"Maybe we can wait until Monday," I suggested. "I mean, I wouldn't want you to waste too much time looking for them. I'm sure you're just as glad about getting out early as we are."

"I'm insulted, really," Miss Sullivan said, "but no worries. I've found them." She pulled two sheets of paper from her folder. Great.

She passed Julian's quiz to him first and he flipped it over and grinned widely. I scowled. Julian was awesome at math. Even though he got easier work because he was eight, he was still a lot better than I had been at that age. It wasn't fair. I mean, I had always been able to get by before, usually with extra help, but with fractions, well, clearly no amount of extra help could get me to understand those. Believe me, I've tried.

Miss Sullivan handed my quiz back to me then and I took a deep breath. I didn't even want to look, but I expected it was best to do it and get it over with quickly, just like ripping off a bandage.

Making my decision, I quickly flipped my paper over, looked down, and felt my heart sink. I had failed, just as I'd thought I would, but just because I had expected it didn't mean I was any less disappointed.

"Can I, um, maybe get more extra help?" I asked Miss Sullivan, my voice coming out in a whisper. "You know, and go over the problems I got wrong?"

"Perhaps on Monday," she said with a smile.

"Why not today?" I asked, mainly because I knew my mother would want me to. I still wanted the extra help, but I had no problem waiting until Monday. Part of me really wanted to go over my quiz and be able to master fractions, but another part of me just wanted to be done with lessons for the day and enjoy what I would be able to have of my birthday. Because surely trick-or-treating and the sleepover would be off.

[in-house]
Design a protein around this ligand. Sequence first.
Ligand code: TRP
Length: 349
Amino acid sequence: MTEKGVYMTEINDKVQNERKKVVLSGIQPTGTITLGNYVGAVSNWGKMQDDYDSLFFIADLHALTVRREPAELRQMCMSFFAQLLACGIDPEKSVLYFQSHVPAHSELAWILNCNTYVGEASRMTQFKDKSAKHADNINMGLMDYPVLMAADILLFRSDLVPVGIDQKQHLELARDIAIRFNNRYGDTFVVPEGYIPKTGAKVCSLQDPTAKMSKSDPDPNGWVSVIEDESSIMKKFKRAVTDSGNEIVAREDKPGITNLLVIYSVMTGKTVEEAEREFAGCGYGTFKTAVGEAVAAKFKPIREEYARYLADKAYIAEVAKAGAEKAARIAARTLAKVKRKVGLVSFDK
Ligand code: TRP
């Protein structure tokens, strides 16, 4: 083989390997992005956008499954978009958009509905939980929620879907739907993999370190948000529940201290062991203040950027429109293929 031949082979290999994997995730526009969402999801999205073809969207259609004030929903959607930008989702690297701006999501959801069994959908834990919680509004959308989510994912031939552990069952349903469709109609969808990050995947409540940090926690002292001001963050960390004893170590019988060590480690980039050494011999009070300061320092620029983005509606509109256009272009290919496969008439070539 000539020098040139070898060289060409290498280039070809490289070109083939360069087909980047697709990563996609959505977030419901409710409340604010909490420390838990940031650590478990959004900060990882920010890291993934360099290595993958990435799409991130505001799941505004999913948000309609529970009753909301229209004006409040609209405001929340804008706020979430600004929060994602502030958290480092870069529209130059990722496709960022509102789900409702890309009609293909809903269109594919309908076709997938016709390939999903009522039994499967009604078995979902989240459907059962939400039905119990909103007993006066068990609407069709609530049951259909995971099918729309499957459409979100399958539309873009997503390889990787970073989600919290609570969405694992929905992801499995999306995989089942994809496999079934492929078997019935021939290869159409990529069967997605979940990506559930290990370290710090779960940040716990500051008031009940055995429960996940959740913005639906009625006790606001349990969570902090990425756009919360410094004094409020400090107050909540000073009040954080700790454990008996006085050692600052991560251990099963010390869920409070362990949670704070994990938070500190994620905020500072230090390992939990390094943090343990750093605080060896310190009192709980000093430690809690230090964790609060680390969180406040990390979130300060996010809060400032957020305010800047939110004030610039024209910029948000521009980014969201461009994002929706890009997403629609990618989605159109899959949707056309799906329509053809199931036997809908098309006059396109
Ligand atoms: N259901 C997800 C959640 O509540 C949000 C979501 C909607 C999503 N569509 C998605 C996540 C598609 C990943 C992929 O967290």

"It's your birthday, isn't it?" Miss Sullivan asked. "Why don't you take this weekend off and enjoy your day?" She paused before continuing, surely after seeing my skeptical expression. "You work hard, Lilah, and you do put in a lot of effort. You try. You deserve a few days off. I'm not going to give you any homework and we can work on your fractions more on Monday. You'll understand them soon, I promise."

"How can you know that for sure?" I asked.

"Because you're a smart girl who doesn't give up," she replied.

I nodded and toyed with the corner of my quiz paper. Miss Sullivan kept saying she wanted me to enjoy my birthday, but as I said, chances were that all of my pans would be cancelled once my mother saw my quiz grade. We'd probably still have dinner, but then everyone else would go trick-or-treating without me and Tess wouldn't be able to sleep over. And I would only partly be enjoying my birthday if that happened. It would just put a damper on the whole thing.